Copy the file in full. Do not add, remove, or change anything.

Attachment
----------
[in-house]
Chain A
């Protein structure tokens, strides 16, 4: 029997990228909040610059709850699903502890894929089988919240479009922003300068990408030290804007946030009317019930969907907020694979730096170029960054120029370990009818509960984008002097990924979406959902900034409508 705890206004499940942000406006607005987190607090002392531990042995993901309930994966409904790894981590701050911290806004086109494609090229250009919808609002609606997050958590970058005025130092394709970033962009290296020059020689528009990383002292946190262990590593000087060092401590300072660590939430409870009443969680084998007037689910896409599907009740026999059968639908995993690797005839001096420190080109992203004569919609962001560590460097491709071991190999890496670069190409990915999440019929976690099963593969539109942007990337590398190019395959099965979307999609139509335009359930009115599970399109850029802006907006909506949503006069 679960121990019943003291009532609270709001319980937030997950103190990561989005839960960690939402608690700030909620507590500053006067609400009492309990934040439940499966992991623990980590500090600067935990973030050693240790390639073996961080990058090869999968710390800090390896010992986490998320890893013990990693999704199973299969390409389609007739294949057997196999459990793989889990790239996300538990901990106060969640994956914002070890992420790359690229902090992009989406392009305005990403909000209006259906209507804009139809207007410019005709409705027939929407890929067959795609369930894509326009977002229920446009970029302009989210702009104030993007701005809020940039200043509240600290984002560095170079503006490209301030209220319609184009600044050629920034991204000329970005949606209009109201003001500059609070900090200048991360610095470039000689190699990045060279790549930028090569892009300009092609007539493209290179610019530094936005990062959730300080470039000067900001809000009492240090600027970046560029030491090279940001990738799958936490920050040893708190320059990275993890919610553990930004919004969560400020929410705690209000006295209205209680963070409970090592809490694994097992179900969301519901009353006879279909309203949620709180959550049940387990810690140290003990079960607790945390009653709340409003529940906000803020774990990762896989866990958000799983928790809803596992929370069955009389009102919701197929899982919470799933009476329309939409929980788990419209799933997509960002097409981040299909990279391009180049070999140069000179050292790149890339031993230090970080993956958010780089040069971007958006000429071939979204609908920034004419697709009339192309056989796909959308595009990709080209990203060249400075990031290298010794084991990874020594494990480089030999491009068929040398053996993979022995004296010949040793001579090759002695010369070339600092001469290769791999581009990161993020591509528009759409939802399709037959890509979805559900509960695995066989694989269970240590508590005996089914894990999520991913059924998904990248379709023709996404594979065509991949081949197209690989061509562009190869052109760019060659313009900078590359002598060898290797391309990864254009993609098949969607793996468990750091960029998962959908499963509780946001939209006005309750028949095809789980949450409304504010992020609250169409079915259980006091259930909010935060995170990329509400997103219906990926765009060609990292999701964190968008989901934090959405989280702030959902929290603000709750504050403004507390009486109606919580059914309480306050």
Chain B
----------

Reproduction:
[in-house]
Chain A
């Protein structure tokens, strides 16, 4: 029997990228909040610059709850699903502890894929089988919240479009922003300068990408030290804007946030009317019930969907907020694979730096170029960054120029370990009818509960984008002097990924979406959902900034409508 705890206004499940942000406006607005987190607090002392531990042995993901309930994966409904790894981590701050911290806004086109494609090229250009919808609002609606997050958590970058005025130092394709970033962009290296020059020689528009990383002292946190262990590593000087060092401590300072660590939430409870009443969680084998007037689910896409599907009740026999059968639908995993690797005839001096420190080109992203004569919609962001560590460097491709071991190999890496670069190409990915999440019929976690099963593969539109942007990337590398190019395959099965979307999609139509335009359930009115599970399109850029802006907006909506949503006069 679960121990019943003291009532609270709001319980937030997950103190990561989005839960960690939402608690700030909620507590500053006067609400009492309990934040439940499966992991623990980590500090600067935990973030050693240790390639073996961080990058090869999968710390800090390896010992986490998320890893013990990693999704199973299969390409389609007739294949057997196999459990793989889990790239996300538990901990106060969640994956914002070890992420790359690229902090992009989406392009305005990403909000209006259906209507804009139809207007410019005709409705027939929407890929067959795609369930894509326009977002229920446009970029302009989210702009104030993007701005809020940039200043509240600290984002560095170079503006490209301030209220319609184009600044050629920034991204000329970005949606209009109201003001500059609070900090200048991360610095470039000689190699990045060279790549930028090569892009300009092609007539493209290179610019530094936005990062959730300080470039000067900001809000009492240090600027970046560029030491090279940001990738799958936490920050040893708190320059990275993890919610553990930004919004969560400020929410705690209000006295209205209680963070409970090592809490694994097992179900969301519901009353006879279909309203949620709180959550049940387990810690140290003990079960607790945390009653709340409003529940906000803020774990990762896989866990958000799983928790809803596992929370069955009389009102919701197929899982919470799933009476329309939409929980788990419209799933997509960002097409981040299909990279391009180049070999140069000179050292790149890339031993230090970080993956958010780089040069971007958006000429071939979204609908920034004419697709009339192309056989796909959308595009990709080209990203060249400075990031290298010794084991990874020594494990480089030999491009068929040398053996993979022995004296010949040793001579090759002695010369070339600092001469290769791999581009990161993020591509528009759409939802399709037959890509979805559900509960695995066989694989269970240590508590005996089914894990999520991913059924998904990248379709023709996404594979065509991949081949197209690989061509562009190869052109760019060659313009900078590359002598060898290797391309990864254009993609098949969607793996468990750091960029998962959908499963509780946001939209006005309750028949095809789980949450409304504010992020609250169409079915259980006091259930909010935060995170990329509400997103219906990926765009060609990292999701964190968008989901934090959405989280702030959902929290603000709750504050403004507390009486109606919580059914309480306050």
Chain B